Page 2 of 2
JustRooster
Professionally Crabby
Join date: Jan 2005
7,261 IQ
#41
The only reason we have lost music is because we never had the ability to record them. We still listen to every single style of music since the dawn of modern recording, and even some we don't in the classical world.

I don't think the guitar's going anywhere any time soon.

Quote by EyeNon15
Thats too bad, I was under the impression I was arguing something profound

LP1951
Registered User
Join date: Dec 2012
346 IQ
#42
Quote by KG6_Steven
Careful. If you want to get into a discussion of accidentals, the true definition of an accidental is a note that is not diatonic to a particular key. In the key of D, for example, F# and C# are not accidentals. They are diatonic notes to that key. In the key of G, an F would be considered an accidental. From what I've been told and what I've read, the black keys are simply referred to as "the black keys," while the white keys are simply referred to as "the white keys." To refer to the black keys as accidentals, is incorrect. I've been taking piano lessons for just over two years.


I would say so. To say that the black keys are accidental is tantamount to saying that the piano keyboard is accidental. An accidental is an off key note which is inserted in a melody sometimes accidentally or by a trained musician for nuance.
“You’re always learning about this thing every time you pick it up.” Keith Richards
Mephaphil
No empty frets.
Join date: Apr 2012
1,956 IQ
#43
Let's get back on track before it does become a discussion about theory.

With the garage rock/blues revival there's quite a few good rock n roll bands.

Jack Whites stuff, especially with the Raconteurs, the Black Keys, although a little samey and simple and a band I like a lot, Band of Skulls.

Will blues continue to be revived in such a way? It's cool, but how many times can it be unique? It's getting a little repetitive, which is annoying as it's my favourite genre.
Quote by Shredwizard445
Go ahead and spend your money, I don't care. It won't make you sound better.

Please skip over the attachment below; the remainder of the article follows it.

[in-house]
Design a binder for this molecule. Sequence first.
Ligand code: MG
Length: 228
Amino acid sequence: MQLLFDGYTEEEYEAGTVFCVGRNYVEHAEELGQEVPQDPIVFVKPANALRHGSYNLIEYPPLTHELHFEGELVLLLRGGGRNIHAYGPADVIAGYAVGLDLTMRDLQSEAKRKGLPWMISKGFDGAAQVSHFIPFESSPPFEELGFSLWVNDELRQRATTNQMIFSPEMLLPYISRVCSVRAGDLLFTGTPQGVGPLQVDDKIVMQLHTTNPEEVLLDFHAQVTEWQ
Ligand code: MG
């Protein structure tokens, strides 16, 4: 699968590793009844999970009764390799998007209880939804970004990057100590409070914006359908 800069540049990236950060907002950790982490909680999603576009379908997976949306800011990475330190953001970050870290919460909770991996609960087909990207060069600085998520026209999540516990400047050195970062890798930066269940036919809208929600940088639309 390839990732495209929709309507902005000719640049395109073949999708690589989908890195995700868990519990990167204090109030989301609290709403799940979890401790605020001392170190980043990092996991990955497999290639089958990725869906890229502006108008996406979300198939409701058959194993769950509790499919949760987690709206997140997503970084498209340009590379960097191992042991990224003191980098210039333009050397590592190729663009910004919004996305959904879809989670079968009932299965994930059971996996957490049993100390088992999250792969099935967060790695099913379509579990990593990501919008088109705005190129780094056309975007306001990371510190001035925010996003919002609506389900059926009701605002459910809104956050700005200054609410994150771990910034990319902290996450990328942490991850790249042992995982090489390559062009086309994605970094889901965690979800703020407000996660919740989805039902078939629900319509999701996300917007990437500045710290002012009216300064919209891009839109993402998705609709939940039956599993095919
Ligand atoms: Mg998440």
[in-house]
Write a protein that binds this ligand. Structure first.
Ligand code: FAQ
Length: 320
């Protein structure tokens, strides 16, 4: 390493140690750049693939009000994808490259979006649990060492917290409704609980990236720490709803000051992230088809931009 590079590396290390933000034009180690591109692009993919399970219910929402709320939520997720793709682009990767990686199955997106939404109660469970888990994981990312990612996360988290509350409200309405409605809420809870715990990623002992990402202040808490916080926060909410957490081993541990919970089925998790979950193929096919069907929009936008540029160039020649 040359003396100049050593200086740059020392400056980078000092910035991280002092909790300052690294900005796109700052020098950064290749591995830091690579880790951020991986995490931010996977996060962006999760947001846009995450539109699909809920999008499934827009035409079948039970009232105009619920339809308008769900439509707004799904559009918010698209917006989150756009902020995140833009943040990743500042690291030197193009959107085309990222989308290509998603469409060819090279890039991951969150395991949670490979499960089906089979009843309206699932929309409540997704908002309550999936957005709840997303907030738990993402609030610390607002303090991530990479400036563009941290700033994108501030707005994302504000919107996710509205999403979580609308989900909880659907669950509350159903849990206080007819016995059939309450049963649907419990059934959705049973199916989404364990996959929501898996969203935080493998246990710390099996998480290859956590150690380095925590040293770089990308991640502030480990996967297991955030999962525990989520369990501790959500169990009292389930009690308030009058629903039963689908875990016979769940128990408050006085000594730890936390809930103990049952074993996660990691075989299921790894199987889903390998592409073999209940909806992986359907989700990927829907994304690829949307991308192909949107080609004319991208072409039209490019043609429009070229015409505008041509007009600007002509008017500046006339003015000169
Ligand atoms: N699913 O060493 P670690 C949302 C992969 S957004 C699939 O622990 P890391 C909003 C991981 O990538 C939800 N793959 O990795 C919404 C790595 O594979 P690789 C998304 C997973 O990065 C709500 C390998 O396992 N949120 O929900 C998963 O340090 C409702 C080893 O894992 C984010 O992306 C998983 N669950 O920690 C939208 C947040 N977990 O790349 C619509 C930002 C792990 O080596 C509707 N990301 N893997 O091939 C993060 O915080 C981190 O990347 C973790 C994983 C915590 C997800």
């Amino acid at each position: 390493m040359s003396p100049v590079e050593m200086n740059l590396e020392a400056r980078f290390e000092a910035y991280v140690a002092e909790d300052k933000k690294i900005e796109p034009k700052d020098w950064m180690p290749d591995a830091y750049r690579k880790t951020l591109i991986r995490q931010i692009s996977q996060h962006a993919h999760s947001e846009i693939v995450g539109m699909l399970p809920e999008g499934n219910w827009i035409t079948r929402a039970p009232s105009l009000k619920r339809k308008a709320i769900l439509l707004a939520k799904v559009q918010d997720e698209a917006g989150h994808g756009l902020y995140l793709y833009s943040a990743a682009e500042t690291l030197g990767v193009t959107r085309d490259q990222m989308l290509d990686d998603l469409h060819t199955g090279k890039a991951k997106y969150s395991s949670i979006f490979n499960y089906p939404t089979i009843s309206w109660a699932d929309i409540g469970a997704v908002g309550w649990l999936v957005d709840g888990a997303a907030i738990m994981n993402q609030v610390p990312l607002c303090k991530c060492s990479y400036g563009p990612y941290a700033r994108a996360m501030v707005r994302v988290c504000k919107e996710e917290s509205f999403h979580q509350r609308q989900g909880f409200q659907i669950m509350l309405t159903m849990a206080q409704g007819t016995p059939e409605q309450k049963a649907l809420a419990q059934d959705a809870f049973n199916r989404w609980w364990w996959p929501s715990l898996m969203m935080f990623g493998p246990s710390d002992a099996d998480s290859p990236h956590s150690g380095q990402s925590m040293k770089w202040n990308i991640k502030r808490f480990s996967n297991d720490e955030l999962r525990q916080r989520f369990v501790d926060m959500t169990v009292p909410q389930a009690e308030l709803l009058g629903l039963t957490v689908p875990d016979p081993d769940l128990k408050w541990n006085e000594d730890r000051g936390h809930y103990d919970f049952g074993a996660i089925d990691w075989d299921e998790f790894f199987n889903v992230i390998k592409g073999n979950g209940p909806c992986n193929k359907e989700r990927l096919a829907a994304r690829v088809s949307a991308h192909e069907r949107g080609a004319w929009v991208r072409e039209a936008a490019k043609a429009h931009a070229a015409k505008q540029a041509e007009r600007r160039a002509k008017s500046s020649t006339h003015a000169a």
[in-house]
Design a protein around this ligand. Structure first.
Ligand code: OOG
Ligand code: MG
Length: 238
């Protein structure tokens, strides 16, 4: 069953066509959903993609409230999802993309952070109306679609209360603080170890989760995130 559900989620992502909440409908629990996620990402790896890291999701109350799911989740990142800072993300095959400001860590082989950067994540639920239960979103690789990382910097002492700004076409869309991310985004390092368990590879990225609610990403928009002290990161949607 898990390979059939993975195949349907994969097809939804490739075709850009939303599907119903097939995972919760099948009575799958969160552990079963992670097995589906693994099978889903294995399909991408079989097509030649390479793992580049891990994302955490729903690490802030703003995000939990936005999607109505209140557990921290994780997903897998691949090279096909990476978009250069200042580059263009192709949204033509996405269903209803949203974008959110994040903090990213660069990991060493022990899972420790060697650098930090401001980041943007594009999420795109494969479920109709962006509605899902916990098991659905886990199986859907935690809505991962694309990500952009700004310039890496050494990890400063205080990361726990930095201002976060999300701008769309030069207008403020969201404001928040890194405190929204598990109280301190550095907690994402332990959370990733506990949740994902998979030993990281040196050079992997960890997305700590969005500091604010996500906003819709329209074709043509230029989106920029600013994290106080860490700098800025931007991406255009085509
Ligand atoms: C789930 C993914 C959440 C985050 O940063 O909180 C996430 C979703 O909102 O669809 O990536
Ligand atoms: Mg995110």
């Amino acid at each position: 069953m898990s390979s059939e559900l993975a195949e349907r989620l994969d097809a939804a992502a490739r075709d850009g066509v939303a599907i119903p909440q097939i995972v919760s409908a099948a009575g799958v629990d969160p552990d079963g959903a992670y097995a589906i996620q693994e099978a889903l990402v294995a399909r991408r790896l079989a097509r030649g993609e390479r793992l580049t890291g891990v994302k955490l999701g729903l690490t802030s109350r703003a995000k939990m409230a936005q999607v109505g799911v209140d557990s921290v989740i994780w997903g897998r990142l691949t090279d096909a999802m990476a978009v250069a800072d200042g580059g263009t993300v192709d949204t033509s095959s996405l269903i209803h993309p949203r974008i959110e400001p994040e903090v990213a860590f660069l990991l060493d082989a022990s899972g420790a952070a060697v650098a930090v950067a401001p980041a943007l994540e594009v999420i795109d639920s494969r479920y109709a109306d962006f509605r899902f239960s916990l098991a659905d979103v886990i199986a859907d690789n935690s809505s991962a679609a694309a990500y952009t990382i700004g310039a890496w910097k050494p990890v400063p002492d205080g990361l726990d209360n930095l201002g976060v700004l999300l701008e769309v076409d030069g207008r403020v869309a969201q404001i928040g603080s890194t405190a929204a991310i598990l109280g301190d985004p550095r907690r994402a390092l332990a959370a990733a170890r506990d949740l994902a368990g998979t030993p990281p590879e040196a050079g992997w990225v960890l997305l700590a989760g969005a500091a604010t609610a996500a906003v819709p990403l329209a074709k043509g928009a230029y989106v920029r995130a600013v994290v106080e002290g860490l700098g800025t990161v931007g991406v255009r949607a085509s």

Quote by Shredwizard445
Sure upgrading your gear will make you sound better.


Last edited by Mephaphil at Dec 29, 2012,
WholeLottaIzzy
UGs Only Rhythm Guitarist
Join date: Apr 2011
6,046 IQ
#44
There will always be guitar music. It's just such a versatile instrument you can put it in every genre of music. It's popularity just fluctuates that's all. I believe since Nirvana it's popularity fell but I am sure with the increase of games such as rocksmith and guitar hero, it's definitely on the rise. Guitar bands are doing very well lately. For Fighters are on top of their game, as are Muse. Bands like Mudford and Sons and Ben Howard also becoming very popular.
LP1951
Registered User
Join date: Dec 2012
346 IQ
#45
Quote by WholeLottaIzzy
There will always be guitar music. It's just such a versatile instrument you can put it in every genre of music. It's popularity just fluctuates that's all. I believe since Nirvana it's popularity fell but I am sure with the increase of games such as rocksmith and guitar hero, it's definitely on the rise. Guitar bands are doing very well lately. For Fighters are on top of their game, as are Muse. Bands like Mudford and Sons and Ben Howard also becoming very popular.


Definitely!

The Guitar is here to stay!
“You’re always learning about this thing every time you pick it up.” Keith Richards
sashki
Join date: Feb 2005
6,833 IQ
#46
While I can see guitar music diminishing in popularity, I don't think it's going to disappear completely. The guitar, especially the electric variety, plays a huge role in the popular culture of the late 20th century. It has cemented its place in history, and is still used for new and innovative music today. It's not going anywhere.

I've noticed a recent revival in acoustic and "rootsy" blues-influenced electric guitar music. I think it provides a convenient alternative for people who aren't into the whole electronic thing. Acoustic folk music is pretty much the polar opposite of electropop and dubstep or whatever the kids listen to these days.
Quote by Mephaphil

Will blues continue to be revived in such a way? It's cool, but how many times can it be unique? It's getting a little repetitive, which is annoying as it's my favourite genre.

I'm no expert on blues, but I think many people adhere too rigidly to the standard 12-bar blues structure. However, that is not the only thing that defines the blues genre, and it's possible to move away from the structure while still making blues music.

Does that make any sense?
Last edited by sashki at Dec 29, 2012,
dannyalcatraz
Black Cherry Jello
Join date: Dec 2008
3,265 IQ
#47
People also forget or don't realize that, while its not necessarily the focal instrument, guitar keeps getting used in all kinds of electronica and rap, especially in compositions. Devo, for instance, always included the guitar work of Bob Mothersbaugh. Stetsasonic had a full band- not unlike the Roots or Outkast- on the rap side.